Nonprofits that have survived through the rough economy may be facing an uphill branding battle even while people begin returning to their former levels of charitable giving. The right messaging and marketing strategies could make all the difference in how smoothly the crest of that hill is reached.
In a time when “approximately 87% of nonprofit organizations report the decline in the U.S. economy continues to impact their operations”…it’s important to look to brand reinforcement to help refill the coffers. Yes, a good part of the blame for the current struggles nonprofits are facing can be placed on the recent recession. There’s no denying that tightening budgets and corporate downsizing inflicted a double-whammy on charitable organizations. Complicating the issue is that, even as those budgets start to loosen again, they are not doing so at the rate needed by nonprofits to gain ground after 5+ years of increased demand on their services. As society slowly climbs back to ‘the way it was’, more than half of nonprofits find their donation income at a plateau, if not lower than before the economic turnaround.
However the economy can’t be burdened with the full blame of today’s challenges for nonprofits. Ironically, some of the onus also falls on marketing and communications strategies which quite effectively kept them afloat during the economic downturn. During the hardest times, the savvy nonprofits appealed to anyone and everyone on the basis of crisis. Branding for nonprofits turned from niche to something much more general: “In these hard economic times, we are an organization in crisis… we need your support to stay in business.” Like the triage team in the E.R., people rallied for their cause and pooled resources simply to keep it ALIVE.
But now, as the economy is looking rosier, it’s getting harder for nonprofits to motivate donors with the ‘crisis’ cry. In the general consumer eye, nonprofits are businesses, too… so, as they hear reports of higher employment rates and business recovery, the crisis appeal has become a weak one. Moreover, as nonprofits relied on this for years, they got further away from the core branding on which they were founded – and succeeded in building – before the economic downturn. As the economy has recovered, many nonprofits have fallen into a bit of a branding limbo…no longer able to be the organization in crisis, but grappling for an identity without it.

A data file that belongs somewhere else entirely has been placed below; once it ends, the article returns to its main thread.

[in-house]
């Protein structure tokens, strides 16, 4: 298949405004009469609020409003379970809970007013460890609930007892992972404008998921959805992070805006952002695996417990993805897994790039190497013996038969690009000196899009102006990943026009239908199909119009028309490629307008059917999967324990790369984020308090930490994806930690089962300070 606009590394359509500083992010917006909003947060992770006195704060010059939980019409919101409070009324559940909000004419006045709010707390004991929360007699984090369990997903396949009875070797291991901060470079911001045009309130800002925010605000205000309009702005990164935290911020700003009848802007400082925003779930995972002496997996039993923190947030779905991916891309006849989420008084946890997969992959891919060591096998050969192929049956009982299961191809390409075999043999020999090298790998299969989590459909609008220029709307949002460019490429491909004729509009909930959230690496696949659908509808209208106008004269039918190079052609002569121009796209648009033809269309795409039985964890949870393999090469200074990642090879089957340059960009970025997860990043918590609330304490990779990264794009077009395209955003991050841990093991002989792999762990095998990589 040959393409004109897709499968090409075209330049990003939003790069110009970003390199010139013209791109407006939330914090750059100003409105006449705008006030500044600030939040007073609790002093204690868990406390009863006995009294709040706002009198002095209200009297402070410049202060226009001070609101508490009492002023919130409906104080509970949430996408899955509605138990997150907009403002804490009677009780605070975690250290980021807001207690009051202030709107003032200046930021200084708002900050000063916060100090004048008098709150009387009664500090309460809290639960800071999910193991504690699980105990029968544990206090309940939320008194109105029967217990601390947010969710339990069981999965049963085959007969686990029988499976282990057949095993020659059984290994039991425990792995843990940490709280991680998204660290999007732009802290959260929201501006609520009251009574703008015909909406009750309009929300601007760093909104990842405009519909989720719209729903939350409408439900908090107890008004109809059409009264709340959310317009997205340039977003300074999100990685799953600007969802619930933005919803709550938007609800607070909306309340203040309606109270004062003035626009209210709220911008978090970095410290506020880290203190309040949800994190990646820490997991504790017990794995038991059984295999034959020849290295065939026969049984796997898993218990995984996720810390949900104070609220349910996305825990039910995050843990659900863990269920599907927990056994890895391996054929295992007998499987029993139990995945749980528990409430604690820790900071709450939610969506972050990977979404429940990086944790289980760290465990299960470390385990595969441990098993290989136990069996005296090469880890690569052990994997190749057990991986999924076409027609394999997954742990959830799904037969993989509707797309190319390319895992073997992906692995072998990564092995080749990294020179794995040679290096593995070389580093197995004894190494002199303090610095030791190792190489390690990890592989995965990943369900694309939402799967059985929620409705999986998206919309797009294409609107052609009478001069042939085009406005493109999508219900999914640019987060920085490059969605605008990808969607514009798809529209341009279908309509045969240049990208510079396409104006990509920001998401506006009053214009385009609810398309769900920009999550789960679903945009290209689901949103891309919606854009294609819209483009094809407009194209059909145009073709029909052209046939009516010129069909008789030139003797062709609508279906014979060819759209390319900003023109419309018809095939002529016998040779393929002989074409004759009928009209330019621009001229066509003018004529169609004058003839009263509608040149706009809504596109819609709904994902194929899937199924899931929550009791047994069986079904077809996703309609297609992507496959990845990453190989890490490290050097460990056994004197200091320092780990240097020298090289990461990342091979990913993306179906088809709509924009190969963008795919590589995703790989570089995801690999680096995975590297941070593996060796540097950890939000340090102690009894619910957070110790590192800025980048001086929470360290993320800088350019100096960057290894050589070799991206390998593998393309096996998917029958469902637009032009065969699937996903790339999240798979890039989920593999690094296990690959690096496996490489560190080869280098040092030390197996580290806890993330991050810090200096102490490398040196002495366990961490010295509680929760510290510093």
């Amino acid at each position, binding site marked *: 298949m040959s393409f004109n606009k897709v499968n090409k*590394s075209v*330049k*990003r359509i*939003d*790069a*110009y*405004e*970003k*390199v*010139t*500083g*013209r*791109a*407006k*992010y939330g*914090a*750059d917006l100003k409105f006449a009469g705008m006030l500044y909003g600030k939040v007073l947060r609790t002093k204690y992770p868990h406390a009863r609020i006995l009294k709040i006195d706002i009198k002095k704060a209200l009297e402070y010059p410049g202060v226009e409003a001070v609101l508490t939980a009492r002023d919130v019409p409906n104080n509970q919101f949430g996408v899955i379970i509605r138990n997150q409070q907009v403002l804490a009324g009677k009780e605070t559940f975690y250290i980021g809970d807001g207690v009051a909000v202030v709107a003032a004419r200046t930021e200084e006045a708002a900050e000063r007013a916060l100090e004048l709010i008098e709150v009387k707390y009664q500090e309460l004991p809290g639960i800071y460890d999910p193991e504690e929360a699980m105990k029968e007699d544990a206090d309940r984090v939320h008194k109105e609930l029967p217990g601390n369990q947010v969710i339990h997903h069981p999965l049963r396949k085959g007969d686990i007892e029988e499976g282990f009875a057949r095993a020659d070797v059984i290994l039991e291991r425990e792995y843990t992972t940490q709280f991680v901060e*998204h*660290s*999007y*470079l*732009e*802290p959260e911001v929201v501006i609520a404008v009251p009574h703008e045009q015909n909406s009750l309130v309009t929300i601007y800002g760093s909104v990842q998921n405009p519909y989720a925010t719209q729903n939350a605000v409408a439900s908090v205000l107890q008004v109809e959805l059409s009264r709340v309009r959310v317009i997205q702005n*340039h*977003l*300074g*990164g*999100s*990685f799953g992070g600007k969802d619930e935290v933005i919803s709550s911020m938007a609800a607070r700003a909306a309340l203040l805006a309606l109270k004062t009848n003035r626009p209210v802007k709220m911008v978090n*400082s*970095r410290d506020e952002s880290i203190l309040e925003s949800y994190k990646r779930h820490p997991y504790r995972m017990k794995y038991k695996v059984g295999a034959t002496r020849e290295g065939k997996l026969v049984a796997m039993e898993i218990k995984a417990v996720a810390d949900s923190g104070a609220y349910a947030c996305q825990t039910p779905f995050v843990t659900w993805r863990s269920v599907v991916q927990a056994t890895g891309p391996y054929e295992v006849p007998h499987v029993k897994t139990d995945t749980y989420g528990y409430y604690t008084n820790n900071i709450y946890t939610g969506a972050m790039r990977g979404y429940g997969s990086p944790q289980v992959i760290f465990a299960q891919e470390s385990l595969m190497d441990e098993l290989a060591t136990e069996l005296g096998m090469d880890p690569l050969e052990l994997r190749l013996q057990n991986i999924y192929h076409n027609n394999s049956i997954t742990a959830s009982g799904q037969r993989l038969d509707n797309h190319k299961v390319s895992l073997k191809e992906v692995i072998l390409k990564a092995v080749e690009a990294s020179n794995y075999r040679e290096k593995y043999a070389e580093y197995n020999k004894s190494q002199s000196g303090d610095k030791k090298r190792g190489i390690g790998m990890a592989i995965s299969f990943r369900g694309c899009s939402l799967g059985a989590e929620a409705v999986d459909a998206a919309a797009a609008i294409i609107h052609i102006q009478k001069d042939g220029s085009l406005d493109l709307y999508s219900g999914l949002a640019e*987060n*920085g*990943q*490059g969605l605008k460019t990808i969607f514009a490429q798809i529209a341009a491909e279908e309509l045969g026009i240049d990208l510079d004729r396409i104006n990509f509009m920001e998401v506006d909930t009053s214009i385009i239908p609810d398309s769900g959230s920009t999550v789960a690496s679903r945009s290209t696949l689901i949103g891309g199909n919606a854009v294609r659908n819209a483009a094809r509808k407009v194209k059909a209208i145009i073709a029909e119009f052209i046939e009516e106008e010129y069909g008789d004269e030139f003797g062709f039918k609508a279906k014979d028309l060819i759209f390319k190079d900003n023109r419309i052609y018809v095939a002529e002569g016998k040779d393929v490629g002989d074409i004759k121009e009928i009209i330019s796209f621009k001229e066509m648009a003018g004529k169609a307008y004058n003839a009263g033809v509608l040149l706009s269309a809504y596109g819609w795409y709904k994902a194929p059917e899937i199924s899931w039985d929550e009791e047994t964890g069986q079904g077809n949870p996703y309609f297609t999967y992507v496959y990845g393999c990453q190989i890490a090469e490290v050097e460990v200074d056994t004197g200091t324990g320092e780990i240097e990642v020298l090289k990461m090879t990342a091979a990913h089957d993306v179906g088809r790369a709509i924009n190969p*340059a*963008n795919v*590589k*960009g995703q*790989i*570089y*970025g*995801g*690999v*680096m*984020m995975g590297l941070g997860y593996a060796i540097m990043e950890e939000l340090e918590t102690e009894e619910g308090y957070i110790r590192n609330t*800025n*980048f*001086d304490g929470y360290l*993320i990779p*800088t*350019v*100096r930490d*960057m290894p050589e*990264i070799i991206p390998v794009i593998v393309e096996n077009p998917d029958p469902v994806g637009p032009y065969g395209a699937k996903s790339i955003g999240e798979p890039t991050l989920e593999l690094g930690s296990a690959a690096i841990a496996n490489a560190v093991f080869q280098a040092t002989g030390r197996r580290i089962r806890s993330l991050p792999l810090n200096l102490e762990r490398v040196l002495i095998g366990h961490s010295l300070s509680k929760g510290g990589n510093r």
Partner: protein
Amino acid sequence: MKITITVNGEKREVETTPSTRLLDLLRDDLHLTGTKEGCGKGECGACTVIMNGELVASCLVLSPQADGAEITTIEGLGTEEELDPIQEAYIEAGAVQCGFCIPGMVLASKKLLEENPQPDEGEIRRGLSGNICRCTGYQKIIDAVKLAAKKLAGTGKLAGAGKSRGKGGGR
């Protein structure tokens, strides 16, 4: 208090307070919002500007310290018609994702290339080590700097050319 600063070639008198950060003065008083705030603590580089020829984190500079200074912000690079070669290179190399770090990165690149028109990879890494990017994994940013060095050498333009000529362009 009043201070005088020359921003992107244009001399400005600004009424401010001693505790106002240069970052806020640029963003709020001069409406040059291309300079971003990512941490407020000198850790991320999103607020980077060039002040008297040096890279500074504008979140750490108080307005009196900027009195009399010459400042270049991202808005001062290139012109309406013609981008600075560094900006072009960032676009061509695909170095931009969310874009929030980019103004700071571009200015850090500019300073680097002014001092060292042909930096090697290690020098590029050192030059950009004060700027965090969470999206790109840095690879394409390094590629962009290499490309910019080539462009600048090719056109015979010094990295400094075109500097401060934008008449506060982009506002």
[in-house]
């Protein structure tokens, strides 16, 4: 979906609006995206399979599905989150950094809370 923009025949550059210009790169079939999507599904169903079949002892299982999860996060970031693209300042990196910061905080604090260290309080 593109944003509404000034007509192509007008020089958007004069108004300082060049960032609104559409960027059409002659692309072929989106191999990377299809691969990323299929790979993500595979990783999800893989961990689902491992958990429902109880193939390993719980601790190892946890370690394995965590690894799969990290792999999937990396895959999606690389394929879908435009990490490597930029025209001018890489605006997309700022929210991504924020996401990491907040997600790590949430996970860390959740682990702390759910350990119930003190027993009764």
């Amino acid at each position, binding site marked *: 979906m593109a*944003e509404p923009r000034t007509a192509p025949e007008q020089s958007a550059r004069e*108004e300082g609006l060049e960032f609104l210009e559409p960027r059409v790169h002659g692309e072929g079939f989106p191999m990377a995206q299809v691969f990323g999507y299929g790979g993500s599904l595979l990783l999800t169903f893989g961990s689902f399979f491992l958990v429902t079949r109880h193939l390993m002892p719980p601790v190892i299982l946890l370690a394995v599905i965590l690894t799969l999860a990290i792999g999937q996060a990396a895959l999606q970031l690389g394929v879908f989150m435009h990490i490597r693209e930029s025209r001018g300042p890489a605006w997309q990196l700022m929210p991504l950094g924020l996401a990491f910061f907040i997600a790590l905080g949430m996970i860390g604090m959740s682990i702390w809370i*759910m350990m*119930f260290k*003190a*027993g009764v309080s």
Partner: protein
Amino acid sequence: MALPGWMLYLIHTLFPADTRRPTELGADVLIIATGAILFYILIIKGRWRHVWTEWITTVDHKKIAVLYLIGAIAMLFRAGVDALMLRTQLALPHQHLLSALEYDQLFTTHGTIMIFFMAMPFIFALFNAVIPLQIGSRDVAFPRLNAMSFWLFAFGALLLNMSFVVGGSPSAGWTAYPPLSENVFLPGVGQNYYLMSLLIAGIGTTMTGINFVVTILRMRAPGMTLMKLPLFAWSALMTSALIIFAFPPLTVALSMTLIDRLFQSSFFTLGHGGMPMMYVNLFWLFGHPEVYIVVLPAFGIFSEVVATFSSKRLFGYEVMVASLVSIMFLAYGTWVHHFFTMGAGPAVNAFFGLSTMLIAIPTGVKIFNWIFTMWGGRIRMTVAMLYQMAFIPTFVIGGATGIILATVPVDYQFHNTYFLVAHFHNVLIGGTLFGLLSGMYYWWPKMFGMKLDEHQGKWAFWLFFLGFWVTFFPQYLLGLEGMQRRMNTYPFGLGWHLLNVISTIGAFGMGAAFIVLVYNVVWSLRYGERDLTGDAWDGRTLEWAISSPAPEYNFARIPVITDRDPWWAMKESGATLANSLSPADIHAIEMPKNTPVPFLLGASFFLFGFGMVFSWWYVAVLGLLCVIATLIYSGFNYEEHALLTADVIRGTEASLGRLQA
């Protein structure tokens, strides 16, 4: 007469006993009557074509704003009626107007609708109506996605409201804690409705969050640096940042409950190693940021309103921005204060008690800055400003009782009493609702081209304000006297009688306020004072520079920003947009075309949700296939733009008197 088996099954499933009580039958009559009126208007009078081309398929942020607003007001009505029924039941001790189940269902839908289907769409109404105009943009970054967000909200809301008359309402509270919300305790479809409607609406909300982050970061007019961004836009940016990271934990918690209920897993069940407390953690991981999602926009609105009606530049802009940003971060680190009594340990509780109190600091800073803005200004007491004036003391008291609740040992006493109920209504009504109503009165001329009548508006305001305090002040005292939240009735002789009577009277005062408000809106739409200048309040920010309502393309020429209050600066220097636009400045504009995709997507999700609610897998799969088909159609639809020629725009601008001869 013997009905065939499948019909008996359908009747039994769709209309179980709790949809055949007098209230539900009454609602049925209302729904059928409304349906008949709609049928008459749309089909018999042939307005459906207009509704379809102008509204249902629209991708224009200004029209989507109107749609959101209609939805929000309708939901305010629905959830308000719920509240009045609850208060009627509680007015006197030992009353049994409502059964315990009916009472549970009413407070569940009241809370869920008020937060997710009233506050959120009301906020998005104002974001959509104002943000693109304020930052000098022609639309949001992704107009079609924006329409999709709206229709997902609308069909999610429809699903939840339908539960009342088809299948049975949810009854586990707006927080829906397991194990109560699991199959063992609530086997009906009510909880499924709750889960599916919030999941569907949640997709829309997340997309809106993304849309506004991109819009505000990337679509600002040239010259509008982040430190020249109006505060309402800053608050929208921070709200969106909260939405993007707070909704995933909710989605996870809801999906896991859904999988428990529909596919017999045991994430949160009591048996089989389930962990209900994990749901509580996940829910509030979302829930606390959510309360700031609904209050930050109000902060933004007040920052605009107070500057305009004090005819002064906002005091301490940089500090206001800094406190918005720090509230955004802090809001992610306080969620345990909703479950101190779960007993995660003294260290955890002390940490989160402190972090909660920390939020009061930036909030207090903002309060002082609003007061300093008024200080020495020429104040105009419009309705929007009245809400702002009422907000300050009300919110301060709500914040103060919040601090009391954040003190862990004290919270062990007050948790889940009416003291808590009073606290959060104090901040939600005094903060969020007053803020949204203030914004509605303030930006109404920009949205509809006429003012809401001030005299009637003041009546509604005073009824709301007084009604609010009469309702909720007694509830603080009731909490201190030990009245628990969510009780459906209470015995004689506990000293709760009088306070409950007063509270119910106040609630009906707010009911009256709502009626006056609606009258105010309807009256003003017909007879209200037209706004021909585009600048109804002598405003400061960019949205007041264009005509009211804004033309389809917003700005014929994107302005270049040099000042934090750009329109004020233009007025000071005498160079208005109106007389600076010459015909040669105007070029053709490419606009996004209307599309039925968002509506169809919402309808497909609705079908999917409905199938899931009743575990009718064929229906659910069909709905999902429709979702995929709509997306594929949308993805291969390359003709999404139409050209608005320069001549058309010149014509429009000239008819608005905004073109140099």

In order to get back on their feet, nonprofits need to remind consumers of who they are, and recover their brands. On the positive side, the strongest branding platforms, from visual identities to written positioning, are already built. Nonprofits now have to:
Refresh people’s memories.
Educate them on the ‘deficit’ the poor economy left because of increased need.
Embrace ‘newcomers’ to expand their donor base.
Finally, the biggest brand recovery bonus of all for nonprofits is the opportunity to embrace tools that were nascent around the first time they asserted their brand – that is, before the economic downturn. Facebook. Twitter. YouTube. Apps. As nonprofits turn the corner from the downturn, there are new ways to simultaneously recover and empower their brands. Effectively using social media platforms can distinguish an organization as the “breast cancer leader at work right here in your neighborhood every day,” or “the ballet that upholds all classical integrity while pushing boundaries”, and help them connect in a meaningful way with supporters.
Do you think that some nonprofits are better poised to come back than others? Does it make a difference whether they are a national, regional or local brand?